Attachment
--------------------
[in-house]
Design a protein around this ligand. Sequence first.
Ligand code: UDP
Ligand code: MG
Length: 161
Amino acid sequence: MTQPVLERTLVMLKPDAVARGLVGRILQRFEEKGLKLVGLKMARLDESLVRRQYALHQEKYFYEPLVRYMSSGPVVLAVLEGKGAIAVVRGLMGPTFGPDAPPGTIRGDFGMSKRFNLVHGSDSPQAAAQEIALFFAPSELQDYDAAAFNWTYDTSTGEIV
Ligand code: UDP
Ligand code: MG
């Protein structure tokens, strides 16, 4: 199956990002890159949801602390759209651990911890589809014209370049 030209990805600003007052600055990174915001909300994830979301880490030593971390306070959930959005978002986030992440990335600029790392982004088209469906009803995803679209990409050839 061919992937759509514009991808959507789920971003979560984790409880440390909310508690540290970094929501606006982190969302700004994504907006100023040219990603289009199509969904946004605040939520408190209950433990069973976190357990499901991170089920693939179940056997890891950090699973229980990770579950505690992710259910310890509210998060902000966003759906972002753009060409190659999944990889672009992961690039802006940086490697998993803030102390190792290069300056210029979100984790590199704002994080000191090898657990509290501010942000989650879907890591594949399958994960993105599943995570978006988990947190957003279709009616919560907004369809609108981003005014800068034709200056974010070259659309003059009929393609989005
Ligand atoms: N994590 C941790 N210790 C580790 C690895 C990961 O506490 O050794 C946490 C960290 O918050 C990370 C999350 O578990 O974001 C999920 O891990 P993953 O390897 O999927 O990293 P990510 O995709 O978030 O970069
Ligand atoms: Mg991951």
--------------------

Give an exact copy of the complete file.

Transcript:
[in-house]
Design a protein around this ligand. Sequence first.
Ligand code: UDP
Ligand code: MG
Length: 161
Amino acid sequence: MTQPVLERTLVMLKPDAVARGLVGRILQRFEEKGLKLVGLKMARLDESLVRRQYALHQEKYFYEPLVRYMSSGPVVLAVLEGKGAIAVVRGLMGPTFGPDAPPGTIRGDFGMSKRFNLVHGSDSPQAAAQEIALFFAPSELQDYDAAAFNWTYDTSTGEIV
Ligand code: UDP
Ligand code: MG
């Protein structure tokens, strides 16, 4: 199956990002890159949801602390759209651990911890589809014209370049 030209990805600003007052600055990174915001909300994830979301880490030593971390306070959930959005978002986030992440990335600029790392982004088209469906009803995803679209990409050839 061919992937759509514009991808959507789920971003979560984790409880440390909310508690540290970094929501606006982190969302700004994504907006100023040219990603289009199509969904946004605040939520408190209950433990069973976190357990499901991170089920693939179940056997890891950090699973229980990770579950505690992710259910310890509210998060902000966003759906972002753009060409190659999944990889672009992961690039802006940086490697998993803030102390190792290069300056210029979100984790590199704002994080000191090898657990509290501010942000989650879907890591594949399958994960993105599943995570978006988990947190957003279709009616919560907004369809609108981003005014800068034709200056974010070259659309003059009929393609989005
Ligand atoms: N994590 C941790 N210790 C580790 C690895 C990961 O506490 O050794 C946490 C960290 O918050 C990370 C999350 O578990 O974001 C999920 O891990 P993953 O390897 O999927 O990293 P990510 O995709 O978030 O970069
Ligand atoms: Mg991951």